It’s time for us to work collectively on changing the conversation about Detroit — this is something I feel particularly passionate about. There is tremendous growth opportunity here, and there’s no one but us to lead the charge, and there is no one but us to reap the benefits.
So how do we do it — how do we work to change the conversation about Detroit?
Working to influence media coverage is naturally the first answer that comes to mind, and may be our best ally in such an endeavor. And boy, do we have a captive audience, at least for the next year, while Time magazine reports from the house it bought in the city to document Detroit right now, what Editor in Chief John Huey called “a great American story.”
Click here (http://www.time.com/time/detroit) to see Time’s complete coverage of Detroit thus far. Some of it’s not pretty; for example, the photo blog titled, “The Remains of Detroit” makes me cringe. I have to take issue with the artistic liberty. The title and subject matter of that blog — while interesting and artistic — focuses too much on a small aspect of what we are.
Maybe playing up the post-apocalyptic nature of a scene is irresistible and interesting to gawk at, but let’s not confuse an artful interpretation with reality. This isn’t sensationalism — it’s our city. And that’s not the Detroit I know and work in every day, and I’d bet it’s not your Detroit, either.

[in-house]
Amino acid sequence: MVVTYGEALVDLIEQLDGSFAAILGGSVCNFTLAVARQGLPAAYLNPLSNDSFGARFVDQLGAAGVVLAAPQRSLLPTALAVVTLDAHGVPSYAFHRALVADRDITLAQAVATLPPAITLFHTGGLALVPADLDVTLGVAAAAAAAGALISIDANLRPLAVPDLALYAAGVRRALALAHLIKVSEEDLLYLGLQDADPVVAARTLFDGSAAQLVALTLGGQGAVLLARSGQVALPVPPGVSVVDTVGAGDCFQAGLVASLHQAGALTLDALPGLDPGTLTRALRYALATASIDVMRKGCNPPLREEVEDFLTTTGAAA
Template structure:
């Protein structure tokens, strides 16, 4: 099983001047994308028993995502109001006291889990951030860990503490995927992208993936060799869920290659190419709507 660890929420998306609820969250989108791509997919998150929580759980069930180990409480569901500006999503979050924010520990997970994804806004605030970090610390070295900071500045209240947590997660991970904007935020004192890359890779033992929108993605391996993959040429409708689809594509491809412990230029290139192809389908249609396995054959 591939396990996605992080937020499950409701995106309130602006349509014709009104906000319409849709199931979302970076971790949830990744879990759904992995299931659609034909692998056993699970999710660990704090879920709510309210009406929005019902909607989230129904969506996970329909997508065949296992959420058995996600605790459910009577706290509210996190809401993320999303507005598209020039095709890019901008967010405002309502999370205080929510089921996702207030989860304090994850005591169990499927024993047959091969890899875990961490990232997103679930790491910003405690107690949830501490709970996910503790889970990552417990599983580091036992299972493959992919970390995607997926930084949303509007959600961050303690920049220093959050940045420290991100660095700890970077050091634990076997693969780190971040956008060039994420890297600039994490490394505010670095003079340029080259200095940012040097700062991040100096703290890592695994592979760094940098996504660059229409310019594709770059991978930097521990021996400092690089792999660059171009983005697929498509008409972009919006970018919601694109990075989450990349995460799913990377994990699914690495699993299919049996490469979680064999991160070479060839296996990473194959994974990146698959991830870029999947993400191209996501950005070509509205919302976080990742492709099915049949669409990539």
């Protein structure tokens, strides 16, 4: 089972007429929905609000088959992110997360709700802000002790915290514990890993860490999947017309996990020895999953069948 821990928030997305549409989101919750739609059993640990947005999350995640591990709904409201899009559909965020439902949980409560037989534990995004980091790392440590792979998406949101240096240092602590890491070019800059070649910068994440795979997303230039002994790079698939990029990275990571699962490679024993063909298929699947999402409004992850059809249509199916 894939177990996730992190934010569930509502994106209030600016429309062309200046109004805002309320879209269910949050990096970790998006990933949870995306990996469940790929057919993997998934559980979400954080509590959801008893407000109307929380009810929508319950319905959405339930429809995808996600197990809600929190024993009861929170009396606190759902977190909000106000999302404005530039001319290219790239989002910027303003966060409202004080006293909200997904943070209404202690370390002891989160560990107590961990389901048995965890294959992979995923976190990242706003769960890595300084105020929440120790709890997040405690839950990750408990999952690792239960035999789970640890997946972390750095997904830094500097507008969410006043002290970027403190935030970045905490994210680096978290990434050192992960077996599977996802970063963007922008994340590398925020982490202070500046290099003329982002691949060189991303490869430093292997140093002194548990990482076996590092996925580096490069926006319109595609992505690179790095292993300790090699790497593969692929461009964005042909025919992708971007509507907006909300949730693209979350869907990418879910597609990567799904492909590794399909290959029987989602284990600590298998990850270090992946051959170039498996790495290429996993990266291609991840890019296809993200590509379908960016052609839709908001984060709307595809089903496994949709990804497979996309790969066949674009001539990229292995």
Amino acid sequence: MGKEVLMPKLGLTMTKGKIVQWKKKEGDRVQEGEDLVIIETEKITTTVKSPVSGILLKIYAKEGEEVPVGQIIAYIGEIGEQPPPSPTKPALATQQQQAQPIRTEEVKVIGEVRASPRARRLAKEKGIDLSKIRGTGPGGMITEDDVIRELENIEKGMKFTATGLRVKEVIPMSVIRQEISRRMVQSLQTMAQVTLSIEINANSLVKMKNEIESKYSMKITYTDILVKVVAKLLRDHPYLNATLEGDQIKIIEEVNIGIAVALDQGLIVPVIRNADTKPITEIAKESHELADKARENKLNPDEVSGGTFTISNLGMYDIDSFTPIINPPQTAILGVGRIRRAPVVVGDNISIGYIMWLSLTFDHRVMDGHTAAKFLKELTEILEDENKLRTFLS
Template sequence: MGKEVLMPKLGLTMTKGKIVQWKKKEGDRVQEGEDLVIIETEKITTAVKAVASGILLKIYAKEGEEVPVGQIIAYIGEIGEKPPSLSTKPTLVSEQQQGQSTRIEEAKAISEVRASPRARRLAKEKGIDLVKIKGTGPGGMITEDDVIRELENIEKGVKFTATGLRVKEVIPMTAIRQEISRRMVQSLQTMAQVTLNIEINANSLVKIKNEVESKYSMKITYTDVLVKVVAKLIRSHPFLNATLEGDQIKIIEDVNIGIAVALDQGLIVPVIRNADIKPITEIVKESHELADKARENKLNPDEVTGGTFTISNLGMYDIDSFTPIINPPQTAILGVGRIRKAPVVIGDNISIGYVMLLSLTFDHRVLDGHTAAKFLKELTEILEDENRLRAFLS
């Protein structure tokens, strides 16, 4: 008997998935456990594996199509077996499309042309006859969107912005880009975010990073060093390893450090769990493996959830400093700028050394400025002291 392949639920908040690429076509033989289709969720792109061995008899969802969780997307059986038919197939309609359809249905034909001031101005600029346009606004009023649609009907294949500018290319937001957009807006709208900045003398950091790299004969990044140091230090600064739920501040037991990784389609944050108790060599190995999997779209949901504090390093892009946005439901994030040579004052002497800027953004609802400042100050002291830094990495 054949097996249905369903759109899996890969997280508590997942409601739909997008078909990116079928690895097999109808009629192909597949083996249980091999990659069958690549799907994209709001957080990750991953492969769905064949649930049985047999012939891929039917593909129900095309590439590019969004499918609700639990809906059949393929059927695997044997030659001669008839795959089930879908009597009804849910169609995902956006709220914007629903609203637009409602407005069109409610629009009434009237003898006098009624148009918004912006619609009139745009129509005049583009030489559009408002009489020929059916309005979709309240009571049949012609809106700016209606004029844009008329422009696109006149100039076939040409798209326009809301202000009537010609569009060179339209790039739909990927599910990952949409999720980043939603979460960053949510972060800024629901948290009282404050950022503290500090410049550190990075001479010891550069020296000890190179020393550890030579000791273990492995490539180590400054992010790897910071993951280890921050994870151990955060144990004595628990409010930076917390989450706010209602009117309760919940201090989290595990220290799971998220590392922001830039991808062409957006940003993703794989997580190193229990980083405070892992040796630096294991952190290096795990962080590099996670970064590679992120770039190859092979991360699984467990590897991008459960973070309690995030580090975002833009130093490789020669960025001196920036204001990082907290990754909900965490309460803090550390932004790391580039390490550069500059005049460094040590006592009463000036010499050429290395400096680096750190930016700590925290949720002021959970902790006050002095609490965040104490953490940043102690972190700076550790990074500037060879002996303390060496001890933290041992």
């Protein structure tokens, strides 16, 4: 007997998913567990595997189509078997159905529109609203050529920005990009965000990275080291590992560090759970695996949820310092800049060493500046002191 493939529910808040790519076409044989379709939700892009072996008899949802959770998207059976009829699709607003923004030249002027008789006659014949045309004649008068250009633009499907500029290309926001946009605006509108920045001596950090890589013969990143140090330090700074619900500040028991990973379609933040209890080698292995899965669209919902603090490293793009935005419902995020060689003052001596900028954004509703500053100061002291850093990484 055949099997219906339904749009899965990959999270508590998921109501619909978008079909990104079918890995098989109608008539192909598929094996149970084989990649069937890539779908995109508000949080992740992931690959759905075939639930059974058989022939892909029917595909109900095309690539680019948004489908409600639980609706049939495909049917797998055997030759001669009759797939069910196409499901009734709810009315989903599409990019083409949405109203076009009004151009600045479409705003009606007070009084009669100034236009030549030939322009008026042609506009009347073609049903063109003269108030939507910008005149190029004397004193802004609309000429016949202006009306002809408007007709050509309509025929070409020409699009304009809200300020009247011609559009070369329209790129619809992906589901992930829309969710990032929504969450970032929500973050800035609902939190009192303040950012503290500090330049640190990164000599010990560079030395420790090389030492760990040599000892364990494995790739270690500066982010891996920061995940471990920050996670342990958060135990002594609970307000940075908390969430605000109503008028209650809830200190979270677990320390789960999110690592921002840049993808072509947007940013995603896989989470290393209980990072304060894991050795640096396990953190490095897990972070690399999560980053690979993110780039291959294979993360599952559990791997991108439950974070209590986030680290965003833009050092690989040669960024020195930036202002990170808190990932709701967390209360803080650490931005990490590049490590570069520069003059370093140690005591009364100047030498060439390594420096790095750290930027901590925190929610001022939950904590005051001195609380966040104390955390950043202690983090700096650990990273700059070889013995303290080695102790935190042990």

As unhappy as it makes us, it’s what people — Detroiters — are saying to our new neighbors.
Despite that, Time’s presence here is good. The spotlight is on us. While it is, let’s really take advantage of it. But also keep in mind that while media is important, it’s still only one small piece of the pie.
Start your own blog — maybe even make it a photo blog. Use the new social media channels to share your everyday Detroit. For every lifeless, apocalyptic image of an abandoned building, there are infinitely more lively scenes taking place around the region. Let’s get them out there.
If you have clients or colleagues out of state or out of the country, send them care packages of “Made in Detroit” items. Get people talking.
Let’s explore together other ways to actively change the conversation about the region. We cannot change the conversation around the world about Detroit, until we change the conversation amongst ourselves. Tammy Carnrike is COO of the Detroit Regional Chamber.